Anyone have experience with this? Is this it? Is this what it is now? We have no lives. 24/7 is about his care. We are not rich and can't afford caregivers. It is only a matter of time before I'm forced to return to work and my mother is stuck with everything and probably has a heart attack because her condition can't handle it. Did you or someone you provide care for experience something like this? How did/do you cope? What resources did you turn to?
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Old 04-11-2021, 02:02 PM #2
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How old is your father?
I think age, how long on PD meds, and how many total meds can become a issue..
When my dad hit 80 we needed to assess his misc meds for what is actually helping vs negatives.. Our Dr was good about testing & stopping ones when we told her about issues..

Try our search tool and explore the PD sticky threads, so much info saved in those.. For search use symptom, med or other keyword for best results from past posts..

Many use miralax or such product to keep regular, as constipation is an issue and may block absorption of good things as well as slow the elimination of toxins..
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Old 04-11-2021, 09:32 PM #3
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Default Sounds like you're on the right track:)

I'm so sorry you all are going through this. I would first suggest you go to the Parkinson's caregiver site, as there is a wealth of Parkinson's caregiver information there, the site is only for caregivers of Parkinson's patients. It is myparkinsons.org, and you will find the discussion forum on the homepage menu.

Second, I would offer that it sounds like you are on the right track. One thing I have learned is that consistency is so very important in Parkinson's. The more constant an environment you can offer your dad, the better he will fare. He is confused and scared, as anyone would be after what he has endured, so give him the time he needs to get back to where he was, and hopefully he will be able to do that Exercise is critical, so once he is able, see if you can get him to exercise so that he can stay as mobile as he safely can.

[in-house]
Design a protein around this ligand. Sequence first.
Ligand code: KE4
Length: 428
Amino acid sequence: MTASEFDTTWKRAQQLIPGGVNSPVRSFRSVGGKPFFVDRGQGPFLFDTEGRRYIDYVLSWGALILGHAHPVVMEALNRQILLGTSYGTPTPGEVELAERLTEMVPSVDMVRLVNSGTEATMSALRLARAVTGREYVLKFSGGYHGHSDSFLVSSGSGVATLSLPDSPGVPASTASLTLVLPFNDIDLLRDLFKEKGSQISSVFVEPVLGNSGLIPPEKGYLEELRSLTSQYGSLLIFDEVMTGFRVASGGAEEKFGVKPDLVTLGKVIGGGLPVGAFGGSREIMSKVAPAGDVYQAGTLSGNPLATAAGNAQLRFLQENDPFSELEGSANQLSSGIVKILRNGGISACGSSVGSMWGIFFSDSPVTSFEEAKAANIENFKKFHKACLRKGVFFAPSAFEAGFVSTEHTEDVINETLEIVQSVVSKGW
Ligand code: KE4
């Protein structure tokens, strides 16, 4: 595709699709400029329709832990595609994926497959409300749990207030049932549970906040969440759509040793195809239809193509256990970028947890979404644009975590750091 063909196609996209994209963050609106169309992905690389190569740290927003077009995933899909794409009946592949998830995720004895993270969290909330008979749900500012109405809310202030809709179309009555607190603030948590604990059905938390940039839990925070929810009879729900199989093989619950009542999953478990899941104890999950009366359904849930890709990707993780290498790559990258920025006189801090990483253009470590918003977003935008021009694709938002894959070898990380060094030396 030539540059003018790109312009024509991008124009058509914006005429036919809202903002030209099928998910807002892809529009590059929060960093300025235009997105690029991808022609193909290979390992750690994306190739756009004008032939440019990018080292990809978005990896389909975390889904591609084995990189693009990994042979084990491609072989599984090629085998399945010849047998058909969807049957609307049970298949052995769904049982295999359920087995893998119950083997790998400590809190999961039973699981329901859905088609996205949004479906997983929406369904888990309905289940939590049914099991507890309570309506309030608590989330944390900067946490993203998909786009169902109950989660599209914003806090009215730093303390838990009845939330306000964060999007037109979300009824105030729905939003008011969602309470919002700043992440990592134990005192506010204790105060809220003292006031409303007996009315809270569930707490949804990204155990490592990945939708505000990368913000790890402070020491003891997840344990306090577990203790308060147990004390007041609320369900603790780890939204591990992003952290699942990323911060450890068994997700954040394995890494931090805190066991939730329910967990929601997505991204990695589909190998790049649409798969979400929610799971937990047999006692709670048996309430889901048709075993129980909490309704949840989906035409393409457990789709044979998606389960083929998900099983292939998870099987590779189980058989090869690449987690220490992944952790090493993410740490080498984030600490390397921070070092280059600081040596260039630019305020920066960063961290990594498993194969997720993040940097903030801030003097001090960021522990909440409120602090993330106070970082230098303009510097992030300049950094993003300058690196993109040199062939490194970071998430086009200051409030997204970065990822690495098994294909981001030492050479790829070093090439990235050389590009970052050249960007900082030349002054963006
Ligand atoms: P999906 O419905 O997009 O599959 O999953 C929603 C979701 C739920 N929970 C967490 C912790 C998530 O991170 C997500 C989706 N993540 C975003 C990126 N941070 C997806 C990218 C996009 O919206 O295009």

Having said that, reality can be brutal and you need to plan for what to do in case your dad needs more help than he did before (either now or, hopefully, much later). Every family has their own approach for what works for them, but getting ideas from others can be extremely helpful, which is why I recommended the PD caregiver site. I would caution, though, that people tell it like it is there, which some find helpful but others find too distressing.

Keep in mind that you are doing a great job helping your dad, and if he were able, he would tell you how much he loves you and appreciates your helping him as you are
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Old 04-11-2021, 11:15 PM #4
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An uncle of mine in NZ lived with PD for many years. That means I had a duty of care towards him because he was a member of my whanau (kinship group/big family).

My biggest problem was with his medics all of whom had God Medic Disorder which is an untreatable condition.
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Old 04-23-2021, 01:10 AM #5
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Vitamin B12 can be very effective for delirium.

Kind Regards
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Old 04-25-2021, 02:28 PM #6
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Default PD is bad.

"Doctors are of little to no help" I had to laugh when I read that. The only med that works is sinemet and when you take enough of that to help, your mind goes. All other meds can make psychosis worse. My wife has had caretakers for eight or so years now. It bankrupted her and now I'm paying. There is no financial support from the feds. But we can - I won't go political here.
When my wife has been hospitalized, the night time staff can be clueless or even mean. You did not say how many years your father has had PD or his meds. If it's only for a few years, the symptoms you are describing come in years after dx. Constipation is a problem with PD not Incontinence. Unless you believe covid is the cause of his decline, I would be sure your father has PD.